Connan Mockasin: Jassbusters (Mexican Summer) Review | Under The Radar Magazine Under the Radar | Music Blog for the Indie Music Magazine
Sunday, September 19th, 2021  

Connan Mockasin

Jassbusters

Mexican Summer

Oct 15, 2018 Web Exclusive Bookmark and Share


Connan Mockasin has never been much of a classifiable dude. He’s lived in various cities, including New Zealand’s Wellington (his “hometown”), but also London, LA, and most recently, Tokyo. He’s also built a huge resume of artists he’s supported: Radiohead, Charlotte Gainsbourg (perhaps referred to in the song “Charlotte’s Thong”), Fat Boy Slim, Neil & Liam Finn, MGMTthe list goes on. He’s certainly been around the world a few times.

On his new album, Jassbusters, Mockasin ventures into expanding R&B territory, with tracks that range from the lengthy and aforementioned “Charlotte’s Thong” to the bizarre and slippery “B’nD”a song inspired by a five-part film series called Bostyn ‘n Dobsyn, which Mockasin wrote, directed, and starred in alongside his childhood next door neighbor. This film series, about a music teacher and student, in turn, inspired the majority of Jassbusters, and therefore the record is regarded as a “concept album.”

All of the tracks on Mockasin’s third album are groovy to a varying degree, and all feature Mockasin’s falsetto voice on sparingly full display. Mockasin’s voice fluctuates between the soft R&B whisper of James Blake (who appears on the Jassbusters track “Momo’s”), to the loose-lips of Mac DeMarco and the reserved soulfulness of a street performer cast in the moonlight.

The stats for Jassbusters are rather impressive. Recorded in just a week, the record is Mockasin’s first in five years and his first album to feature a backing band. His previous two releases, Caramel (2013) and Forever Dolphin Love (2010), were met with wide acclaim; Jassbusters, however, takes a step into some even more alternative territory.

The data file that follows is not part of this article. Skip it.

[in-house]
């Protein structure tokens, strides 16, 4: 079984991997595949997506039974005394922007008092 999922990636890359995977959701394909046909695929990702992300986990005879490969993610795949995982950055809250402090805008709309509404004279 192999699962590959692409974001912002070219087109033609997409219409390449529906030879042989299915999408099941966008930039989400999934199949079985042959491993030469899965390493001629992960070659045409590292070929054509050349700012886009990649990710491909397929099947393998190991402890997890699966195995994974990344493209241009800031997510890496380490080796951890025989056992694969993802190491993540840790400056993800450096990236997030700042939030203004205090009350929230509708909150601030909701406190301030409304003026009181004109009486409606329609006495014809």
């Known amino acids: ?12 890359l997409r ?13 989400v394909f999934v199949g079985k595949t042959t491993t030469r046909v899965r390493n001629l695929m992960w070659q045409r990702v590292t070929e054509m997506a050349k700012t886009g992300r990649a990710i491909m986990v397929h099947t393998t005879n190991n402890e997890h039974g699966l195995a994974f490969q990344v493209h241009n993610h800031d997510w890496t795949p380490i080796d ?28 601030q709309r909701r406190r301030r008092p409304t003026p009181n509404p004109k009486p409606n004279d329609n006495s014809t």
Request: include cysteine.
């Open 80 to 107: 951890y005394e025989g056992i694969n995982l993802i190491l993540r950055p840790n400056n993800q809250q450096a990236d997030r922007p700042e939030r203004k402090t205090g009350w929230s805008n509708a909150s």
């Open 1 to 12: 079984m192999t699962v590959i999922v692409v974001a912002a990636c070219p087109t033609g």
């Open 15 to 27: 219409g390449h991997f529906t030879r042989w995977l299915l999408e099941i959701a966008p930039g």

“Last Night” begins with some odd sound effects, the long-distance sound of the soon-to-be-hi-fi song played amidst dialogue between, presumably the titular characters of the five-part series. The song itself sounds like something out of a dimly lit jazz club, with Mockasin’s voice cutting through with angular precision.

First single, “Con Conn Was Impatient,” paints a picture of a hollow longing, surreal and love-struck like a lot of Mockasin’s work. Mockasin’s voice, again, draws the listener in with more efficacy than a stringed instrument ever could. His voice cracks with vulnerability, lodged between love and longing.

The final album track, “Les Be Honest,” is moody, despite its indecipherable lyrics. With a choir backing, the song fades into a subaquatic level of punctuation. (www.con-nan.com)

Author rating: 6.5/10

Rate this album
Average reader rating: 7/10



Comments

Submit your comment

Name Required

Email Required, will not be published

URL

Remember my personal information
Notify me of follow-up comments?

Please enter the word you see in the image below:

There are no comments for this entry yet.